denied a spot on the federal bench due to his racism, Sessions has
proven himself an enemy of racial justice, civil rights and reform of
the criminal justice system. As U.S. Attorney in West Alabama, he
prosecuted three civil rights activists on trumped-up voter fraud
charges. As Alabama attorney general, he advocated for mandatory
death sentences for twice-convicted marijuana dealers, as Salon
reported, and fostered an environment of racial bias in jury
selection. Sessions defended the conduct of a racist prosecutor in
the case of Earl McGahee, who was sentenced to death for double
murder in Selma. He was convicted by an all-white jury after the
prosecution struck all 24 eligible Black jurors, citing “low
intelligence” for six of them, as The Nation reported. A
federal court reversed his conviction.
called Roy Johnson, the district attorney for Dallas County who
oversaw the McGahee case and also recommended that Sessions prosecute
the voter fraud case, an “outstanding prosecutor” and a
“personal friend.” Sessions also fought against freedom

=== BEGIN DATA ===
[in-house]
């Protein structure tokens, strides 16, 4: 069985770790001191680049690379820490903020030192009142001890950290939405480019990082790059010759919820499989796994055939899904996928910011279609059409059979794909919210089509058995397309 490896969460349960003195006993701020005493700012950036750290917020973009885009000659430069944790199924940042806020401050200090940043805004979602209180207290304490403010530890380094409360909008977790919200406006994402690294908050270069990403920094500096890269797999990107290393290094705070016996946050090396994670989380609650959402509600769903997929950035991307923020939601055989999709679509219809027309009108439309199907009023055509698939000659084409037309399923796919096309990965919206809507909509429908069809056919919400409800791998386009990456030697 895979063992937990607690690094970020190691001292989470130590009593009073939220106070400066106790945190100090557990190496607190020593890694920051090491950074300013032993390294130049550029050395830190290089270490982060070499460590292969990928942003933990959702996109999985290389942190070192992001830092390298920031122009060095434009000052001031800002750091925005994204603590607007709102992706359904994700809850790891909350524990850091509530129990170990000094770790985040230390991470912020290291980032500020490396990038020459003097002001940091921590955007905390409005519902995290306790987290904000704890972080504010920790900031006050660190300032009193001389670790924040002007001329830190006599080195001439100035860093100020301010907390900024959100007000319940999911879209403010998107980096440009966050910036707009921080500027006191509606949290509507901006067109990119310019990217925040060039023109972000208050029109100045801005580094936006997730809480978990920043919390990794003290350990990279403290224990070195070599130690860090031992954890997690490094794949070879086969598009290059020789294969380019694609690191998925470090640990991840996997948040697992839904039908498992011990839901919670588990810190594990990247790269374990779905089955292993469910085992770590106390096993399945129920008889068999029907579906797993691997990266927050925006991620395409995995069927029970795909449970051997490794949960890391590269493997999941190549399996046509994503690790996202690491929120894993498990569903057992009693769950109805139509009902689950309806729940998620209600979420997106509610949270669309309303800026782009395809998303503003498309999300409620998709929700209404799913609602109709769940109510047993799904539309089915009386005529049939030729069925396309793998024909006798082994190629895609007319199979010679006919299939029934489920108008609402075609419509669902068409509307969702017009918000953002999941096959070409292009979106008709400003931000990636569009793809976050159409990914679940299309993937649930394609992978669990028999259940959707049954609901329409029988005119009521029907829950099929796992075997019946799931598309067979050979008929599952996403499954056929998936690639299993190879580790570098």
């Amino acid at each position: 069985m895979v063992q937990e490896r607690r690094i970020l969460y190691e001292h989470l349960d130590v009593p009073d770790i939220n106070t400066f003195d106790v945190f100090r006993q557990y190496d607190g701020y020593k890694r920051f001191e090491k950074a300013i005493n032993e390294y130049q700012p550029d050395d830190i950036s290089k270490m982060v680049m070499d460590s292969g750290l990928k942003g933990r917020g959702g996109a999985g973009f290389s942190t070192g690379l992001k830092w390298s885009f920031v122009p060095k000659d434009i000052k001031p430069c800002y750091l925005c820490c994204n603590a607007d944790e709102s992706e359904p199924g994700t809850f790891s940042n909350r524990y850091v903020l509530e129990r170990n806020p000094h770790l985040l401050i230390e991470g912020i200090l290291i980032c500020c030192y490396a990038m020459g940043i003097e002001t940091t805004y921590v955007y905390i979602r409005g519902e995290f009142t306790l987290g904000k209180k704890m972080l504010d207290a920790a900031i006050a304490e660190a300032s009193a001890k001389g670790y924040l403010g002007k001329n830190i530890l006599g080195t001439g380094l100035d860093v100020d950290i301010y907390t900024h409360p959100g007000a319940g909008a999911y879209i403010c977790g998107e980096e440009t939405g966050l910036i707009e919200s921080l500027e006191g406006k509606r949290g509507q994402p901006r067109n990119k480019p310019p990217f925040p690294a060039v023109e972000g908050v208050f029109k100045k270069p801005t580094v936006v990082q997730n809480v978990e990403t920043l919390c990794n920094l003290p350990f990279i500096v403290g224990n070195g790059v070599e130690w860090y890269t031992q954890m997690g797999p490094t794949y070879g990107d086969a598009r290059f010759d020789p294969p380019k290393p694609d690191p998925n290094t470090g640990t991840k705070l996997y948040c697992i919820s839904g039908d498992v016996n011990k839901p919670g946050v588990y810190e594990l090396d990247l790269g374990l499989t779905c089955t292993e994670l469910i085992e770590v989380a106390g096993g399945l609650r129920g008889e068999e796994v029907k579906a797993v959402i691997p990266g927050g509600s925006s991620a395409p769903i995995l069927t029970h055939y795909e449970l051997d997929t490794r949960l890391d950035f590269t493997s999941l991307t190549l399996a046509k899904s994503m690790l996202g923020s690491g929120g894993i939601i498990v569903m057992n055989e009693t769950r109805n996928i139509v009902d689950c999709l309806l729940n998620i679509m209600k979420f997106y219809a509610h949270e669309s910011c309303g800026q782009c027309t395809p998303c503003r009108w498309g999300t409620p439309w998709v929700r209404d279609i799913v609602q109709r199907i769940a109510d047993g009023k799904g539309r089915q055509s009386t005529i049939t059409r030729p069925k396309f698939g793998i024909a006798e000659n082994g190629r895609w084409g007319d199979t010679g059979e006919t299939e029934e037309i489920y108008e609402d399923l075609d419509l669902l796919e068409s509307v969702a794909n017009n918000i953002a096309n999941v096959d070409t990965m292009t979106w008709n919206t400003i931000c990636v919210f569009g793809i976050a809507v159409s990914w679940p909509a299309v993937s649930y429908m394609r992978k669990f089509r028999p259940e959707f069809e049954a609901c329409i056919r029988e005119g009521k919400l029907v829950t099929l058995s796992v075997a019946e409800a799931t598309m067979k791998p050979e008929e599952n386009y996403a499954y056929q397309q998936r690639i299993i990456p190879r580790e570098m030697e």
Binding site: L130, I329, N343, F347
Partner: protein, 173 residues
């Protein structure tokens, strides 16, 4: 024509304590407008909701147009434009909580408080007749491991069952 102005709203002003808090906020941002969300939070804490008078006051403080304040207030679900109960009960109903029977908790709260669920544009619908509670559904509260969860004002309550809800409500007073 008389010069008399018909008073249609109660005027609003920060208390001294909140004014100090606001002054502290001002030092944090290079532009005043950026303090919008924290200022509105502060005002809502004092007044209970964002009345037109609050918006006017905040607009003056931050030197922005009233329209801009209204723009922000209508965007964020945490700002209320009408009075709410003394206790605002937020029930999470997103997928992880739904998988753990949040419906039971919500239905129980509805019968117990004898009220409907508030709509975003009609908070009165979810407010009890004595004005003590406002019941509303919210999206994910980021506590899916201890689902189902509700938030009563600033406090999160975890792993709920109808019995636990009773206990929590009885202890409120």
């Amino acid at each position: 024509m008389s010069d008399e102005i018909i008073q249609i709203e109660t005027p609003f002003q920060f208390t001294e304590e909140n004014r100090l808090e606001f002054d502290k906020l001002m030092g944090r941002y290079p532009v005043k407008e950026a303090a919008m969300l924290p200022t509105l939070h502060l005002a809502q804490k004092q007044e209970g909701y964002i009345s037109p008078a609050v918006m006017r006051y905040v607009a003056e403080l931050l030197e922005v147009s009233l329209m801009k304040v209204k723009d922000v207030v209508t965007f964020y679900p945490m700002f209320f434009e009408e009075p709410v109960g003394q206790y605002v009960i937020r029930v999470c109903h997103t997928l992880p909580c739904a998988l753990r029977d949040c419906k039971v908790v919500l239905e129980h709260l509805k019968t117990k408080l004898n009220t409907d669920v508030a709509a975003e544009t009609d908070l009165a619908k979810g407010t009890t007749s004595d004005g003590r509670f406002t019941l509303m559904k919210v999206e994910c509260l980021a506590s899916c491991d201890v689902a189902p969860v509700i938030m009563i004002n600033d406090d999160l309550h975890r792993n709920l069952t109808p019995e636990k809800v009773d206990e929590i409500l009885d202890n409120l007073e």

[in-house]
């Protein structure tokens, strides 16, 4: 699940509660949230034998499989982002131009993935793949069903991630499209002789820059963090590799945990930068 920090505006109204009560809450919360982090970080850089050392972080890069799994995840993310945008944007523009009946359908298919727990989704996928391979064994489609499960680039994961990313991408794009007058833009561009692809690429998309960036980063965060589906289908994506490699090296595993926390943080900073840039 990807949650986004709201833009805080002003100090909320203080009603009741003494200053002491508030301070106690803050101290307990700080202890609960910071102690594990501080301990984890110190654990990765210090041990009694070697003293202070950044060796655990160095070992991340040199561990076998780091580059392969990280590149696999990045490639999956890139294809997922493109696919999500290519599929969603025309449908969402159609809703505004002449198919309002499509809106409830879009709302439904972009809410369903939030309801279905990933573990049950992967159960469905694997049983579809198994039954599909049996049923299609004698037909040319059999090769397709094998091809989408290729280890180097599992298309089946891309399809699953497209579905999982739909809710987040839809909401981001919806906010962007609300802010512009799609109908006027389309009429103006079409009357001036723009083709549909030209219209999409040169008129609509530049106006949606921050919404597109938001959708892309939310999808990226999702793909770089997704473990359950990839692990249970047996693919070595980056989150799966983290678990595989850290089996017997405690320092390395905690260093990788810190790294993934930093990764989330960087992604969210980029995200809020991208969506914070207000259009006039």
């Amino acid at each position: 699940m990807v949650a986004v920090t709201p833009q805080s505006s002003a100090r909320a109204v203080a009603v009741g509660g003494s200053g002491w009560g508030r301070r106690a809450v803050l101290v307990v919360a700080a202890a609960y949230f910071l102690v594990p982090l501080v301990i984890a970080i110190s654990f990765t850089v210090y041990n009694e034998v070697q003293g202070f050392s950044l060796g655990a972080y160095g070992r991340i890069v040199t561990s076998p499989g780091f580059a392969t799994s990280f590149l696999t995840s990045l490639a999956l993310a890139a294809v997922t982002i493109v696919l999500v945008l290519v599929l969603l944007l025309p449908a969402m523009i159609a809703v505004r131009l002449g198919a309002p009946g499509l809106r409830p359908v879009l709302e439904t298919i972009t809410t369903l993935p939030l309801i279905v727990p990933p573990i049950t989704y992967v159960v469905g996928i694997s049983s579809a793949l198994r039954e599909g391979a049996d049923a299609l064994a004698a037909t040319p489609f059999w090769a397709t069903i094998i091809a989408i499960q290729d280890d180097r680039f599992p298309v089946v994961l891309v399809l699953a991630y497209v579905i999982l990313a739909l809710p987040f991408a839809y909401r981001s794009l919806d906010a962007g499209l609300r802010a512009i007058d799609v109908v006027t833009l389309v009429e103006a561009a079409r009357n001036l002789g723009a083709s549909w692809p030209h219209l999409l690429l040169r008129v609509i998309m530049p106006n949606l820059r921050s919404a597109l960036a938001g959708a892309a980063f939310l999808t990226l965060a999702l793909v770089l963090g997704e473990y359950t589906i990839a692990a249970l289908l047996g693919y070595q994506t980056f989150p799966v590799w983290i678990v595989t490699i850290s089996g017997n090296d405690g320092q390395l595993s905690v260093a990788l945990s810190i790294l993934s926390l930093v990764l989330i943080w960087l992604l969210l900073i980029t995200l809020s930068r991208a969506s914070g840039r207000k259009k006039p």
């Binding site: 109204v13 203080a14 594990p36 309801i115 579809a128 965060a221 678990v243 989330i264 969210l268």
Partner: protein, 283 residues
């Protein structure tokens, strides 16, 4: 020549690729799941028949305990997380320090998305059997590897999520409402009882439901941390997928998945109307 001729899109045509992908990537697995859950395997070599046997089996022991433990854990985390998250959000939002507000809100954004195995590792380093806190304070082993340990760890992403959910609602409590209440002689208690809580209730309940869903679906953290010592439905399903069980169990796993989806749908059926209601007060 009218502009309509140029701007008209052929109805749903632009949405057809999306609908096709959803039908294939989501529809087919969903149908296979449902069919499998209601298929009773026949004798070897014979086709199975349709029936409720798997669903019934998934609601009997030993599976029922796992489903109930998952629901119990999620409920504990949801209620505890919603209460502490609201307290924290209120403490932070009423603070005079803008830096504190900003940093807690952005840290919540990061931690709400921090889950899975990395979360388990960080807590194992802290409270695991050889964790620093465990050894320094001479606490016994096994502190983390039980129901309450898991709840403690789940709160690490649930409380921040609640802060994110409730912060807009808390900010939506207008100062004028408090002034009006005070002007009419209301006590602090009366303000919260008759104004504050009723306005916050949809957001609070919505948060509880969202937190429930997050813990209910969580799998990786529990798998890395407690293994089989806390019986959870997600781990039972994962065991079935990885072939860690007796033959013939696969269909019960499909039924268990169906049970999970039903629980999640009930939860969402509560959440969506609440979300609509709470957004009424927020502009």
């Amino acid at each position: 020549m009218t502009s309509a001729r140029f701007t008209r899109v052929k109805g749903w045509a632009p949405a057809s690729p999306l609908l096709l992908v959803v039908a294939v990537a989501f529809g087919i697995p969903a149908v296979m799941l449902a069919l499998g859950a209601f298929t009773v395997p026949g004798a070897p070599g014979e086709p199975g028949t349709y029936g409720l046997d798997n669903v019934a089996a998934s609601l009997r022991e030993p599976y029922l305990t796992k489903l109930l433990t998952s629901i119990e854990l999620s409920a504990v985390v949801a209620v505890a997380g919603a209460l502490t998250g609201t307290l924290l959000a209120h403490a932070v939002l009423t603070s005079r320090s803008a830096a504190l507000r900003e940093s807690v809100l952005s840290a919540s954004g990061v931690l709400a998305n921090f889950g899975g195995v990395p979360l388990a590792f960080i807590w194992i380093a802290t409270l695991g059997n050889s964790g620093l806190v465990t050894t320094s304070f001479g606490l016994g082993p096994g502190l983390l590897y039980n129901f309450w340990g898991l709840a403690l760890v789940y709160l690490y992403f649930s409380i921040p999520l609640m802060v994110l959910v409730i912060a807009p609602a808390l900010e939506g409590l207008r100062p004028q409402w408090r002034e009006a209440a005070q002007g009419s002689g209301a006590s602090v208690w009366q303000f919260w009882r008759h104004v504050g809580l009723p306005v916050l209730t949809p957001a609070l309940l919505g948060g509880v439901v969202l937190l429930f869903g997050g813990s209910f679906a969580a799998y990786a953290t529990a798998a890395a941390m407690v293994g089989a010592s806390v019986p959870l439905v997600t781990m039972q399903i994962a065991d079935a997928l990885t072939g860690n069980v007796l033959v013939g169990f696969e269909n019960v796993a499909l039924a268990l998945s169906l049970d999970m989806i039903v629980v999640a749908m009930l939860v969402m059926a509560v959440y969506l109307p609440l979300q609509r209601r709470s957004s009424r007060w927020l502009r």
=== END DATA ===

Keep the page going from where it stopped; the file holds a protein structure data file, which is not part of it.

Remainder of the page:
for Larry Randall Padgett, who was convicted of murder after
prosecutors withheld DNA evidence of his innocence.
the 2016 election, Sessions campaigned for Donald Trump, who ran on a
law-and-order platform. In 1989, following the arrest of the
five Black and Latino teens wrongfully convicted for the brutal rape
and beating of a white woman — Trump placed a full-page ad in
the four New York daily newspapers calling for the reinstatement of
the death penalty. Although DNA evidence exonerated the men, Trump
still maintains they are guilty.
Trump and Sessions are waging a war on science, armed with the power
to place more innocent people behind bars.
This commentary was originally published by AtlantaBlackStar